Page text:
Smith also wants to attract more destination shoppers. Many from outside Catonsville already make a trip to Plymouth Wallpaper and to Bill's Music Store.
"We're one of the largest independent music stores on the East Coast that buys, sells and rents instruments," said Jim Mays, the manager, "and we have one of the largest displays of professional recording equipment."
In 1810, Charles Carroll of Carrollton commissioned his son-in-law, Richard Caton, to develop a parcel near the newly opened Frederick Turnpike and Rolling Road.
The turnpike became an important commercial link to the west, eventually connecting with the National Road in Cumberland. By the Civil War, businesses along the route had been established to serve travelers and local farmers.
In the post-Civil War era, the name Catonsville was synonymous with wealth and high society. Mansions were erected by some of the richest Baltimoreans, who wished to escape the city's summer heat. The administration building of Catonsville Community College is one of the few reminders left of this era.
The rich continued to build summer homes like Mike Silverman's until the end of the 19th century, but it was the advent of the railroad and the streetcar that signaled the beginning of Catonsville as a middle-class community. In 1918, to the relief of residents, Baltimore's annexation fell one mile short of the town. After World War II and through the 1960s, housing in Catonsville continued to be built.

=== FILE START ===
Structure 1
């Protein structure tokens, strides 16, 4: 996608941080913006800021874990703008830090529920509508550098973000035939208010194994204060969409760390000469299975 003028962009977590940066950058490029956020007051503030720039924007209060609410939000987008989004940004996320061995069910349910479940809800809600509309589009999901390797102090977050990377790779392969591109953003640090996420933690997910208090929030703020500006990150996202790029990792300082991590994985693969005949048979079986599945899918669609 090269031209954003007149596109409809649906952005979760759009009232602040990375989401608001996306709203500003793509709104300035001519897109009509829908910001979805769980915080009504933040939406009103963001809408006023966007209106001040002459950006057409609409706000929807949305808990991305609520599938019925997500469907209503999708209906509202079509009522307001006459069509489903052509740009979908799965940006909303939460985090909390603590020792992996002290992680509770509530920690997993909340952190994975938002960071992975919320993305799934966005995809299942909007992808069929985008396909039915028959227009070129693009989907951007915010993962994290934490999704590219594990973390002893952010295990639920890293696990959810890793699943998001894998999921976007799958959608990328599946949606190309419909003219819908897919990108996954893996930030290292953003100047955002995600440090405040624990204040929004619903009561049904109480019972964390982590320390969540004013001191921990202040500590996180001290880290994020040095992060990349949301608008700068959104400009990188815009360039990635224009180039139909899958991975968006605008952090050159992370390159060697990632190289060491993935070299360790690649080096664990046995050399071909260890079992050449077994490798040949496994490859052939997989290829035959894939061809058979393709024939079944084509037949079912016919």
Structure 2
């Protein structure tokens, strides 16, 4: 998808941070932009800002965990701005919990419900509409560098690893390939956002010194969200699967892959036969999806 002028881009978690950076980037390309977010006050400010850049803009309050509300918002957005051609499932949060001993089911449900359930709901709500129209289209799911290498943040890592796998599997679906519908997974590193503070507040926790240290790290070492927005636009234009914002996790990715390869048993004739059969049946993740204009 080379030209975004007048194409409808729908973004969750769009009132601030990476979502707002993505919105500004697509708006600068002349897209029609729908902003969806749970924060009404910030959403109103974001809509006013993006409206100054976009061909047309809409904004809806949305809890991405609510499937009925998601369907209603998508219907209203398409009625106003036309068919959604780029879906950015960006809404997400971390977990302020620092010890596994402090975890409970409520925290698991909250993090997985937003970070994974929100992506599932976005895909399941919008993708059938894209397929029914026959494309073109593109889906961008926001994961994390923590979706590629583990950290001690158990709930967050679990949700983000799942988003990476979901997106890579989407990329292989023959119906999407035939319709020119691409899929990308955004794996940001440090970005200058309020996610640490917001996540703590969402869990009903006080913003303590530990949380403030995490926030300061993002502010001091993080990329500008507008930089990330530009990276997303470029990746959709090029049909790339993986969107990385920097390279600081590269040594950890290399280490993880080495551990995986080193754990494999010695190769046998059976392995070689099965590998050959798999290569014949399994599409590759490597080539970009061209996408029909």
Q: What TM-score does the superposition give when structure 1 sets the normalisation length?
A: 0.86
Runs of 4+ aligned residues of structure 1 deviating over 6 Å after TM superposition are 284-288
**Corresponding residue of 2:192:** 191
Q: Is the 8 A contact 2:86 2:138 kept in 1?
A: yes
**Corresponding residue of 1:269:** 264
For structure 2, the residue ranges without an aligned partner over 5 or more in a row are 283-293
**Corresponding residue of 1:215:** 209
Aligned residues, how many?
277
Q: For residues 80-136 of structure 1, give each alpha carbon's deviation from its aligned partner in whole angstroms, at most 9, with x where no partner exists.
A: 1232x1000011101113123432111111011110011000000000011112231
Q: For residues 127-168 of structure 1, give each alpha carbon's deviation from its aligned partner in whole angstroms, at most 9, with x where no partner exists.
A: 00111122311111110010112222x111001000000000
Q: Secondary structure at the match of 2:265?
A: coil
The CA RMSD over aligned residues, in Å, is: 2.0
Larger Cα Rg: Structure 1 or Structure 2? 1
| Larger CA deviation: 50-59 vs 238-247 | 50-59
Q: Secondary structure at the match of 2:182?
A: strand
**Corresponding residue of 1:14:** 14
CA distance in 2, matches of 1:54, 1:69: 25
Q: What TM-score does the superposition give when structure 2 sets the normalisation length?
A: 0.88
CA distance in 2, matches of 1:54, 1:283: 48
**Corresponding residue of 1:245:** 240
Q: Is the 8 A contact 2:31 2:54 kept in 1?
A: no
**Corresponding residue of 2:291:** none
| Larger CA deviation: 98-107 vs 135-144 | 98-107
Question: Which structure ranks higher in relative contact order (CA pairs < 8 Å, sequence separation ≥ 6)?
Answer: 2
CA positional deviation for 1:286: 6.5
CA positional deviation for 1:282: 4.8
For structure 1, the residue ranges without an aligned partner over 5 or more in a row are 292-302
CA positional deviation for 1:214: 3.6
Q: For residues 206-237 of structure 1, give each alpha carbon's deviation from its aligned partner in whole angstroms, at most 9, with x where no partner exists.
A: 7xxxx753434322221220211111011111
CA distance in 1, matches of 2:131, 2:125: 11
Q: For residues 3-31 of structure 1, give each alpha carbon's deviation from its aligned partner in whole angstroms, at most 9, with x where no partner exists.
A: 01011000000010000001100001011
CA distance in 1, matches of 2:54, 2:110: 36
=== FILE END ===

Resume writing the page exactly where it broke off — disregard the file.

The community is well aware of Catonsville's history and architectural heritage, and is taking the first steps to preserve it. The Old Catonsville Neighborhood Association is looking into the possibility of creating either a Baltimore County or National Register historic district. Such a designation can mean tax incentives for renovating a home or business if its historic character is maintained. Residents can fill out a petition in the association's fall newsletter if they want the county to establish a district.
While Catonsville has many things to offer in terms of amenities and convenience, McDonnell says it's really the sense of tradition that still exists here that's most important. It's what distinguishes a town from an anonymous suburb.
Annual events such as the Santa Parade, summer concerts at the high school, and the arts and crafts festival define Catonsville as a community.
"I like the Fourth of July parade best of all," McDonnell said. "People set out their lawn chairs with their names on them to stake out a spot along the parade route; that's a real hoot."
Commuting time to downtown Baltimore: 15 minutes
Public schools: Catonsville Elementary, Hillcrest Elementary, Catonsville Middle, Catonsville High
Shopping: Frederick Road, Baltimore National Pike
Zip code: 21228
Homes on market: 86
Average listing price: $132,830
Average sales price: $129,380
Average days on market: 140*
Sales price as a percentage of listing price: 97.4 %*
*Based on 199 sales in the past 10 months as recorded by the Metropolitan Regional Information System.